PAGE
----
Learning Latin makes learning another language more difficult!

Henry Stewart's picture
 11
Donald Clark has given me permission to reproduce this article from his excellent blog Donald Clark Plan B:

"In an odd article, in the Spectator, Toby Young, who seems obsessed with Latin, recommends it as a compulsory subject in state schools, with a string of ridiculous anecdotes. He describes how a friend used Latin on an easyjet flight to communicate with others on the plane. “If I’m on an EasyJet flight with a group of European nationals, none of whom speak English, I find we can communicate if we speak to each other in Latin,” says Grace Moody-Stuart. (I’m checking the passenger list next time I fly easyjet, just in case there’s a chance that awful Grace sits next to me!) Young even claims, with no evidence whatsoever, that Latin would help inner-city kids speak better as they’d practice unusual word endings!

He does, however, produce one piece of academic evidence, which he claims gives us “chapter and verse” on the subject, a 40 year old study by from the journal Phi Delta Kappan, where a group taught Latin was compared to another similar group and positive effects found.

Latin is not the cause

Of course, he simply trawled back through the literature to cherry pick a study that fitted his case, ignoring the more recent, superior, work In Search of the Benefits of Latin by Haas and Stern (2003) in the Journal of Educational Psychology.

In a review of the literature they found that Thorndike “did not find any differences in science and maths in students who learned Latin at school and those who did not”. And in the Haag and Stern (2000) follow up study to the study quoted by Young, two groups of comparable students, where one studied Latin, the other English, were assessed after two years, “No differences were found in either verbal or non-verbal IQ or grades in German or Maths”. In general they found an absence of transfer effects of learning Latin in reasoning. This had been predicted by Thorndike decades before, namely that transfer needs common ground in the source and target.

Now for the bad news: Latin makes it worse

The problem with understanding Latin is that you need to pay close attention to word endings; case markers on nouns and time markers on verbs. But in English and Romance languages word order and prepositions are more important. Endings play a minor role.

What Haag and Stern found, predictably, was that students who had learned one Romance language first found it easier to learn another Romance language , that those who had learned Latin. But it gets worse, as Latin caused incorrect transfer, such as the omission of prepositions and auxiliary verbs in Romance languages. In other words, learning Latin was detrimental to the learning of the new language.

They took two groups of German students, one who studied French, the other Latin as their second language. Both groups were then given a course in Spanish and the results measured. When the results were analysed by a Spanish assessor (who didn’t know who had taken French or Latin) found no group differences in verbal intelligence.

However, the French students made significantly fewer grammatical errors than the Latin students. As predicted the Latin students wrongly transferred the rules of Latin to Spanish. For example “misconstructions in verbs emerged to be either highly reminiscent of or identical to Latin verbs”. The French group turned out to be much better prepared to cope with Spanish grammar. Psychologically the Latin students had suffered from negative transfer using false friends in their new language. The fact that the grammatical similarities between modern Romance languages are much greater than that between Latin and modern Romance languages, means that the defenders of Latin are flogging a dead horse.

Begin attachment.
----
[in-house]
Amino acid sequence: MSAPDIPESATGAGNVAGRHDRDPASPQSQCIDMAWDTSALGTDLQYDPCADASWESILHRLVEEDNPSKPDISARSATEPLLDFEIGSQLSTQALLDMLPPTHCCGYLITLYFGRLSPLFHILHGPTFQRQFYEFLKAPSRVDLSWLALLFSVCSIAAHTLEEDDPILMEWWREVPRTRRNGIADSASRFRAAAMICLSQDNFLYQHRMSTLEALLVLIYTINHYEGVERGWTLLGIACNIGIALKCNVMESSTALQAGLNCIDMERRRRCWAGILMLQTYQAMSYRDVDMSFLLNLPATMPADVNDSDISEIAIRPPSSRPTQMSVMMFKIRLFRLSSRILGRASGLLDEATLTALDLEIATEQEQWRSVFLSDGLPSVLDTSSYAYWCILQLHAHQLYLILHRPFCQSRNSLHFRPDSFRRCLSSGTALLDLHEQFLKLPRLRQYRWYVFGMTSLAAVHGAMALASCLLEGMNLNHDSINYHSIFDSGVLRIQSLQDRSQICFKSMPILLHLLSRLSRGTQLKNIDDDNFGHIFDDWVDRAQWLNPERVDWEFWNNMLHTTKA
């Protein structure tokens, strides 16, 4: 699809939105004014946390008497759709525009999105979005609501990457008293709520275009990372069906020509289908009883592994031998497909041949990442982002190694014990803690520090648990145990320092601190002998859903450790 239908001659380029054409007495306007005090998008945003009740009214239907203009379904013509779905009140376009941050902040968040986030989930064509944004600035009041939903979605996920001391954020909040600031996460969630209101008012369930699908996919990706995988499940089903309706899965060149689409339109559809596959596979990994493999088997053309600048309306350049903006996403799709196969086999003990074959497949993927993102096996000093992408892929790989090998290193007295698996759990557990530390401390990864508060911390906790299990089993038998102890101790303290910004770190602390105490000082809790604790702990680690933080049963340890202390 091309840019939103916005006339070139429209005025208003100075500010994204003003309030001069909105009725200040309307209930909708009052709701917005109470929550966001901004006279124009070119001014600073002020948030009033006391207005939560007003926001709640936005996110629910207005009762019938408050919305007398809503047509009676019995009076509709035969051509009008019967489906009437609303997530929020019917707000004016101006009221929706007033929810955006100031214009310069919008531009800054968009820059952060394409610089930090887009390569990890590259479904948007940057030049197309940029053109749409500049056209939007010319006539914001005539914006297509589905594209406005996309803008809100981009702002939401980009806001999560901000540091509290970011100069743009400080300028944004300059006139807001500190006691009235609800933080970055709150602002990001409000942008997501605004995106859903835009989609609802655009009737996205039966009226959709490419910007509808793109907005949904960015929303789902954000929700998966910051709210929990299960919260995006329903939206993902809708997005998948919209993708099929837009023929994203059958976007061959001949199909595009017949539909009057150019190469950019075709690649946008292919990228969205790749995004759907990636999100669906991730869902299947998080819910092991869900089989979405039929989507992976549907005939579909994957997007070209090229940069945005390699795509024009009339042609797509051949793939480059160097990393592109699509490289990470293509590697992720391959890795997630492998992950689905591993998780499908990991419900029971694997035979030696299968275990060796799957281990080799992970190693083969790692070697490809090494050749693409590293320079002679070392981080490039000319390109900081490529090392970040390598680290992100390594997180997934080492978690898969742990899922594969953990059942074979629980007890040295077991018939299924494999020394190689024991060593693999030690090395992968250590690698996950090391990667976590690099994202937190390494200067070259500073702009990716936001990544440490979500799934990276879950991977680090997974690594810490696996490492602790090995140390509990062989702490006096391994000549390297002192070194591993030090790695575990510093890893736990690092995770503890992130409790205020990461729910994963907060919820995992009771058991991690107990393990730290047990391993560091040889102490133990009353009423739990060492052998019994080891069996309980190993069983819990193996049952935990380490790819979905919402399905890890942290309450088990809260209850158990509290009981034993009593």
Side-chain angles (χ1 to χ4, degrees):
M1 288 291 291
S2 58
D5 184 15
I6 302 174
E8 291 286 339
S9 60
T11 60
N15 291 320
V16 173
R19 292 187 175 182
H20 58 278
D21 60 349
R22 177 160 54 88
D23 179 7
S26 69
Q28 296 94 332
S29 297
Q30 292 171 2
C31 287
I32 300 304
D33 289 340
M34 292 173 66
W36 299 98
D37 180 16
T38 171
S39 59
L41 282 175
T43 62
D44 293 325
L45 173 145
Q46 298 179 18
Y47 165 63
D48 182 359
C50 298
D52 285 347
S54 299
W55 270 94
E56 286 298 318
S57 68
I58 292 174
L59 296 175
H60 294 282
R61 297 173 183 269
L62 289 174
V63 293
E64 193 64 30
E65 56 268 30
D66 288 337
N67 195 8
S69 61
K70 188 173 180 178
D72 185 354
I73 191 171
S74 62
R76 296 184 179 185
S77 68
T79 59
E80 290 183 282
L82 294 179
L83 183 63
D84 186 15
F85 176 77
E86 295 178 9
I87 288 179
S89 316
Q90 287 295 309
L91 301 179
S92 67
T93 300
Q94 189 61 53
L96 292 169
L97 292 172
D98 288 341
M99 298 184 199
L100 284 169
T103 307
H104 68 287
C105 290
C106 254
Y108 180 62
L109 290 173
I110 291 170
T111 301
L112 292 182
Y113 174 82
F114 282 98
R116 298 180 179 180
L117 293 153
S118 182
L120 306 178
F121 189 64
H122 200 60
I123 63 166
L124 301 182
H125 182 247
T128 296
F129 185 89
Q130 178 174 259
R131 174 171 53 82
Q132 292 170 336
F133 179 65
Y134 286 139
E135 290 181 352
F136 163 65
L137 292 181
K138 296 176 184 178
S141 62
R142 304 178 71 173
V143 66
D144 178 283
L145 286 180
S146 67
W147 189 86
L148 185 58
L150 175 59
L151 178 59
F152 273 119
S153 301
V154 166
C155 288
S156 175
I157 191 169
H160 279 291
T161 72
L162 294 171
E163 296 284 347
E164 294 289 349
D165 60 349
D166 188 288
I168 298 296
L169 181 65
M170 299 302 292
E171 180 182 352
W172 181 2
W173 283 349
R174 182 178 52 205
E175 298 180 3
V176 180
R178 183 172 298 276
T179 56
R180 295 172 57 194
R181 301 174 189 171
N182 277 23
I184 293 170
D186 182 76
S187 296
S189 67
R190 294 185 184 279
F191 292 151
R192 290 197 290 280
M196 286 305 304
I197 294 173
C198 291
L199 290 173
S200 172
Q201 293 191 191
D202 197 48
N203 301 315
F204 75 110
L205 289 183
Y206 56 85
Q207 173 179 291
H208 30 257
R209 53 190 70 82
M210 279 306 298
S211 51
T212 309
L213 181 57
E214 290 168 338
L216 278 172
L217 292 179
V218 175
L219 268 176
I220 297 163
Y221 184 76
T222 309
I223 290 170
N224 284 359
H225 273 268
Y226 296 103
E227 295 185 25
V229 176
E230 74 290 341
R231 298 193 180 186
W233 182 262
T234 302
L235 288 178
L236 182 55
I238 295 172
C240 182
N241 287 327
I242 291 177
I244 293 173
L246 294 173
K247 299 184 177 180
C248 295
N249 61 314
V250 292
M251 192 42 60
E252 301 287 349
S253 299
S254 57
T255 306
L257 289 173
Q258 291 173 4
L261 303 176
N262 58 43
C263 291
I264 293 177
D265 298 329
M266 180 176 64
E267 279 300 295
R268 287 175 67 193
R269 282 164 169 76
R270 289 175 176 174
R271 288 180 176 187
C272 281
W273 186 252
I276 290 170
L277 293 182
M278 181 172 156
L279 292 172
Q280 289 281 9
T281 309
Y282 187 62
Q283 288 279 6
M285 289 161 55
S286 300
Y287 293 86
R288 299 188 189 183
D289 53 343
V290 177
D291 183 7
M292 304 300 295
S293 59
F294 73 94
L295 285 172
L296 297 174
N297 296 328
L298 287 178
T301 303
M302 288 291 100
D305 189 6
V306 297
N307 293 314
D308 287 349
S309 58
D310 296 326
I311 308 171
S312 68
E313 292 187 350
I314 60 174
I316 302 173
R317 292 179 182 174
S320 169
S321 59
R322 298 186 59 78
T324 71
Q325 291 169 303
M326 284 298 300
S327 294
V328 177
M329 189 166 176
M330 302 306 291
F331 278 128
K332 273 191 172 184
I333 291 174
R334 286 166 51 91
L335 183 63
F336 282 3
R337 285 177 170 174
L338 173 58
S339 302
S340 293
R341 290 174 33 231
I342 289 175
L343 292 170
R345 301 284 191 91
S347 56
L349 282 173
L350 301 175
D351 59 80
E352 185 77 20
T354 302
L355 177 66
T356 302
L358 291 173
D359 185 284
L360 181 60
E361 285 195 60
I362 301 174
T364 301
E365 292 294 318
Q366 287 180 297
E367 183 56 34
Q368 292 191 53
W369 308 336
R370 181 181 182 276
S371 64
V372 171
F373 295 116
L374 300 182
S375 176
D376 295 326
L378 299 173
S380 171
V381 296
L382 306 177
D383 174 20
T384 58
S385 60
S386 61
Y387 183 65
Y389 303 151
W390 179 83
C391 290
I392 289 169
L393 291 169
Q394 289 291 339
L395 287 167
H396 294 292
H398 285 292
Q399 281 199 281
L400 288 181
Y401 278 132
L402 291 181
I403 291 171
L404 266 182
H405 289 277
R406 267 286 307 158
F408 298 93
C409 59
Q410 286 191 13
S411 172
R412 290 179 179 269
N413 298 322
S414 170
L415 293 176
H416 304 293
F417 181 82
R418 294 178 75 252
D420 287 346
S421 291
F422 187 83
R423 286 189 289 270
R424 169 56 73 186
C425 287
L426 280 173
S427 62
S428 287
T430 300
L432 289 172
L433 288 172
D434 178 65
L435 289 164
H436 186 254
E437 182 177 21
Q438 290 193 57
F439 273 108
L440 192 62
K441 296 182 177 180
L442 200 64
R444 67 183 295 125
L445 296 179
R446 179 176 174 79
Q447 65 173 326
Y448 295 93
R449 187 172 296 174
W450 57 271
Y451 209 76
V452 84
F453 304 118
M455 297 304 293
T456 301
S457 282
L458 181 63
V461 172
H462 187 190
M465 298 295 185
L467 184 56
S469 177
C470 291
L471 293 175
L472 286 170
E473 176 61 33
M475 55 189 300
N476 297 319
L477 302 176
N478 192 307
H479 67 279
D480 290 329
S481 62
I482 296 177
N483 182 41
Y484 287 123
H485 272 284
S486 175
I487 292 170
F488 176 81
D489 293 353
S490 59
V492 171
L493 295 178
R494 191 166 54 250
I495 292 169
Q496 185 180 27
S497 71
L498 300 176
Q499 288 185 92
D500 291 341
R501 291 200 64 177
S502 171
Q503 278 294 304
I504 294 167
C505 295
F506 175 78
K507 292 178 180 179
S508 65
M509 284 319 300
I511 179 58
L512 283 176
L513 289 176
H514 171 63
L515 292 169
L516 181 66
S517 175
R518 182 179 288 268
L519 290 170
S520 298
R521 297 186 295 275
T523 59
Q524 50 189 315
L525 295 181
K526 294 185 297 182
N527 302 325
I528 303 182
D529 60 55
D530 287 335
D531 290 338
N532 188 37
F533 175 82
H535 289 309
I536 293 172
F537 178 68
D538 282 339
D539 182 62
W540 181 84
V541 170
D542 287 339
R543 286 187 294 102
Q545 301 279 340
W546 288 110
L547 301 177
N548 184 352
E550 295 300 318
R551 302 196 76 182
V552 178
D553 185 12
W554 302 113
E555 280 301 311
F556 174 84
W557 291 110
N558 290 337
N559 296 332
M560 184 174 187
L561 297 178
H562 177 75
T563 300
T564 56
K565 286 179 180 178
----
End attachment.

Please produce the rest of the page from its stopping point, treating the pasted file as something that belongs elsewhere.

Incidentally, if you’ve heard the argument that Latin helps medical students learn and understand the considerable amount of medical vocabulary that has to be learned in medical schools. This also turns out to be false as shown in Pampush and Petto (2010)

Conclusion

This is not an unimportant or esoteric debate. Our state education system is in danger of being hijacked by minor celebrities, wannabes and TV chefs. Much of the debate is purely anecdotal, and worse, the anecdotal memories of a small clique of inner-London types who want to impose their worries and idiosyncratic ideas on the rest of us. It is important to counter this nonsense with the real evidence. The plural of anecdote is NOT data."
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Comments

Janet Downs's picture
Tue, 08/03/2011 - 16:17

In the Spectator article, Toby Young repeated the claim made on this website that UK private schools were the best in the world according to the OECD. I asked him to give the link to the evidence backing up this statement. He has yet to do so.

Janet Downs's picture
Tue, 08/03/2011 - 16:34

Brian’s Latin lesson: http://www.epicure.demon.co.uk/latinlesson.html

It’s even funnier when you watch it: http://www.youtube.com/watch?v=IIAdHEwiAy8

Janet Downs's picture
Tue, 08/03/2011 - 16:47

Mary Beard, the classicist soon to be seen on Jamie's Dream School, offers this answer to the question "Why then learn Latin?" in her book "It's a Don's Life" (page 17):

"Certainly not for conversation..." (Alas, Easy-Jet passengers)

"And not - at GCSE level, at least - just to learn about the ancient world (there's an excellent Classical Civilisation exam for that)."

"Nor to learn formal grammar (which can be taught more economically in a myriad of other ways)."